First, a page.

coastal vulnerability to climate change by david a y smith smith warner international l.
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Coastal Vulnerability to Climate Change by David A.Y. Smith Smith Warner International. Profile of the Caribbean and Coastal Areas. Greater Antilles/Lesser Antilles – based on location and geological origin

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profile of the caribbean and coastal areas
Profile of the Caribbean and Coastal Areas
  • Greater Antilles/Lesser Antilles – based on location and geological origin
  • All are islands with high coastline to area ratios, and are therefore particularly vulnerable to coastal hazards.
  • Differing levels of risk across the region
coastal hazards in the caribbean
Coastal Hazards in the Caribbean
  • Over 8,000 lives lost in the Caribbean over past 30 years due to natural disasters.
  • Greater Antilles
  • (Cuba, Jamaica, Hispañola, Puerto Rico)
    • Hurricanes
    • Floods
    • Earthquakes
    • Tsunami
  • Lesser Antilles
  • (St. Maarten to Trinidad)
    • Hurricanes
    • Volcanic Eruptions (Ash fallout)
    • Earthquakes
    • Tsunami
damage from hurricanes
Damage from Hurricanes

Occurs primarily from:

  • Hurricane waves;
  • Beach scour and;
  • Storm surge.
hurricane waves
Hurricane Waves
  • Deep water waves resulting from hurricanes can be very damaging. Estimates of extreme (i.e. design) wave heights made throughout the region are summarized following:
hurricane waves cont d
Hurricane Waves (cont’d)

These deep water waves change in height as they travel in to shallower water.

  • Changes result from interactions between the waves and the seabed
  • At the shoreline, they can be very damaging, breaking out infrastructure and erodingshorelines.
beach scour
Beach Scour
  • In a storm, high wave energy often results in severe erosion of the beach and/or shoreline.
  • Erosion may reach up to 20-30m inland, and can totally wipe out beach areas and adjacent infrastructure.
beach scour cont d
Beach Scour (cont’d)
  • Erosion is exacerbated where there are buildings (i.e. vertical walls) in the wave run-up zone.
  • Shore protection methods must be carefully designed so as not to negatively impact adjacent shoreline areas.
examples of storm surge
Examples of Storm Surge

High storm waves, Cayman,

Hurricane Ivan

Storm Surge, Roseau, Dominica, Hurricane Lenny

impact of water level changes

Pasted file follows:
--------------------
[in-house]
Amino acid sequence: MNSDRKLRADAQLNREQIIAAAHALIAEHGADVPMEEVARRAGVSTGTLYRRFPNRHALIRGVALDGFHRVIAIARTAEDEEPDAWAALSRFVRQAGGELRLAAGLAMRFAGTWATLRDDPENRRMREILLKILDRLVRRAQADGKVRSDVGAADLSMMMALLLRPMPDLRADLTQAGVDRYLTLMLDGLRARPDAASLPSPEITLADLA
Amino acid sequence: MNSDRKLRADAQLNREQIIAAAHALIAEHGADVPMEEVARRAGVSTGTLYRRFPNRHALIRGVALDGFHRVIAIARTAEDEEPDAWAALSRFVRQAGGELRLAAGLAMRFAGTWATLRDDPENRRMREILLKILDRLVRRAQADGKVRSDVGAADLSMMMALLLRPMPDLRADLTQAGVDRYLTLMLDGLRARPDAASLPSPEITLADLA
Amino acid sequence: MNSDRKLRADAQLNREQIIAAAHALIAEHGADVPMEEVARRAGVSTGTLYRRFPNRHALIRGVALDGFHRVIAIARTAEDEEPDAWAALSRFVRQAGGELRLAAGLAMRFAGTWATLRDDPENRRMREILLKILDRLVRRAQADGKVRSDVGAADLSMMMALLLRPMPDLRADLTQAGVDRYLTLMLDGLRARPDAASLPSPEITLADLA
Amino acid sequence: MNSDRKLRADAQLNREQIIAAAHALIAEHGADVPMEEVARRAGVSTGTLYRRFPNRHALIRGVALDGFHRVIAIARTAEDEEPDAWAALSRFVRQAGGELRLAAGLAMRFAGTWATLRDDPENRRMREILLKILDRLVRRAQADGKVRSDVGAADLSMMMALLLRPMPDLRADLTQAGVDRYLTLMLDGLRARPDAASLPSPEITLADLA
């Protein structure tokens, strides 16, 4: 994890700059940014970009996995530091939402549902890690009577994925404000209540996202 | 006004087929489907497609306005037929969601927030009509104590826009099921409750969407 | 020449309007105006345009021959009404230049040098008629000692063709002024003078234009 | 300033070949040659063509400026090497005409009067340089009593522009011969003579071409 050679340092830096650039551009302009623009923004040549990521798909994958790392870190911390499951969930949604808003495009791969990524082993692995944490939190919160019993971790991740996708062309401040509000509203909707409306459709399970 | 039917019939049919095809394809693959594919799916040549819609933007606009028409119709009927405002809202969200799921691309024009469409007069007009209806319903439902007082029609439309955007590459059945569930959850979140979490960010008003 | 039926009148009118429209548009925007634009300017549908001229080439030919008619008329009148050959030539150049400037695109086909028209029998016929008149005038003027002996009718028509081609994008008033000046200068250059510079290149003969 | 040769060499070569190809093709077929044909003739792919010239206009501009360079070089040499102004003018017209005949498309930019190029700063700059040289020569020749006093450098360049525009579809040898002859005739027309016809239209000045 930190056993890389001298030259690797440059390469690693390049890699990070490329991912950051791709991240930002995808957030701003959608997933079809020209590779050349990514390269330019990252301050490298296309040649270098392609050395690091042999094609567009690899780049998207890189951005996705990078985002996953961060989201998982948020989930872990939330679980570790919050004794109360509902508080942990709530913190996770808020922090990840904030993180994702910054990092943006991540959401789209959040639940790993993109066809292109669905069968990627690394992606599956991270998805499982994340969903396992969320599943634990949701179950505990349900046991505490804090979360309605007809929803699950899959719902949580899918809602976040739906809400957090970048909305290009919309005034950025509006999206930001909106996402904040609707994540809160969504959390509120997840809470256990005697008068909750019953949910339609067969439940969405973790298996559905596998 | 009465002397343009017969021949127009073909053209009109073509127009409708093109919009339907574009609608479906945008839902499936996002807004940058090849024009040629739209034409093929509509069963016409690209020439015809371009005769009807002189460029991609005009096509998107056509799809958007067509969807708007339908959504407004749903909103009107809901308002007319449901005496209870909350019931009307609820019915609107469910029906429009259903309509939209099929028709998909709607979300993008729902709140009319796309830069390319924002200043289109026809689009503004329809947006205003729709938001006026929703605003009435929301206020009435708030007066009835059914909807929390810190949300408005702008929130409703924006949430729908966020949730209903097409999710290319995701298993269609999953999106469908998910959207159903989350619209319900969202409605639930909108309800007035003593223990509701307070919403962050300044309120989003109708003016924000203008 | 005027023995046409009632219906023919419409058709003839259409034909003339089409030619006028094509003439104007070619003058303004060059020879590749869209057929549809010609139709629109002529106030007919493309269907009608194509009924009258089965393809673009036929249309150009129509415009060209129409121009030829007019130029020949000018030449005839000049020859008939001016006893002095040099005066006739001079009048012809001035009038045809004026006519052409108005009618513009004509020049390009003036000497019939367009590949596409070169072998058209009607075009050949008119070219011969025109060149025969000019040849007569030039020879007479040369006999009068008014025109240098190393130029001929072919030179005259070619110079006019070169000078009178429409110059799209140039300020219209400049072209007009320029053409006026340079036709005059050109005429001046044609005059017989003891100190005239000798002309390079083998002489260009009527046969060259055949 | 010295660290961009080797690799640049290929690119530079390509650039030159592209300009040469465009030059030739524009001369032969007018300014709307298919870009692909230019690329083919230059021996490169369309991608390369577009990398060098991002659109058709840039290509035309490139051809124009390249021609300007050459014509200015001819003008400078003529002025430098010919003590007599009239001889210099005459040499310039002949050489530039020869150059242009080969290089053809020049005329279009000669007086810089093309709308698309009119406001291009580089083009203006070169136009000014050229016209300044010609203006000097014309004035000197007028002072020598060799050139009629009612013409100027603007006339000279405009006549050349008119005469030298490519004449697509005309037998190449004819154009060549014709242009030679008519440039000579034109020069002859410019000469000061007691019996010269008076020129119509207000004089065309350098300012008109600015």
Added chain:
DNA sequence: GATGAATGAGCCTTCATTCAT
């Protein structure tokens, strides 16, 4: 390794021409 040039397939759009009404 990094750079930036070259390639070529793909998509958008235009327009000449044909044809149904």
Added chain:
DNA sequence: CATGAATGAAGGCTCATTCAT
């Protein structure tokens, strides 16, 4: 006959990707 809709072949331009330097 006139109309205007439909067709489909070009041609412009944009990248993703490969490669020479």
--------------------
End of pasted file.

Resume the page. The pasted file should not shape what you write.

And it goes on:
Impact of Water Level Changes
  • Based on UN-IPCC observations and Circulation Model outputs, rates of sea level rise in the Caribbean will be 5mm/year for next 100 years;
  • Rate will neither be uniform nor constant due to site-specific reasons (e.g. crustal emergence and/or submergence);
  • This rate is 2 times higher than rate for the past 100 years;
  • Low-lying beaches, terraces and plains will be more vulnerable to storm events as a result of this rise.
some issues for concern
Some Issues for Concern
  • Large percentage of Jamaica’s population (approx. 25%) and critical infrastructure is concentrated near to the coastline.
  • There is some evidence, when the past 115 years of hurricane data is examined, that we are in a cycle with an increasing number of storms.
data collection gaps
Data Collection/Gaps
  • Water levels have been collected under the aegis of the OAS at a number of locations across the Caribbean.
  • Many of these stations have fallen into disrepair and have not been maintained.
  • Long-term records of water levels must be collected if we are to assess our own levels of risk and vulnerability to sea level rise.
  • What are the present plans to commence or mainstream data collection?
data collection gaps cont d
Data Collection/Gaps (cont’d)
  • What are the rates of accretion or erosion at our beaches in Jamaica?
  • A programme of beach profile monitoring of beaches and/or shorelines at key points around the shoreline of Jamaica would assist in identifying a problem (or not).
  • Given the importance of the tourism sector to our national economy, monitoring of shoreline change is required.
  • Again, what are the present plans to commence or mainstream data collection?
tsunami another source of risk
Tsunami: another source of risk
  • More a problem in the Lesser Antilles
  • Caused by ocean centred earthquakes, or volcanic eruptions.
  • Greatest risk presently posed by “Kick ‘em Jenny”

SeaBeam image of Kick 'em Jenny constructed from measurements taken from the NOAA Research Vessel Ronald H. Brown on March 12 2002.

tsunamis in the caribbean historical account
Tsunamis in the Caribbean: Historical Account

Dates and Locations of Tsunami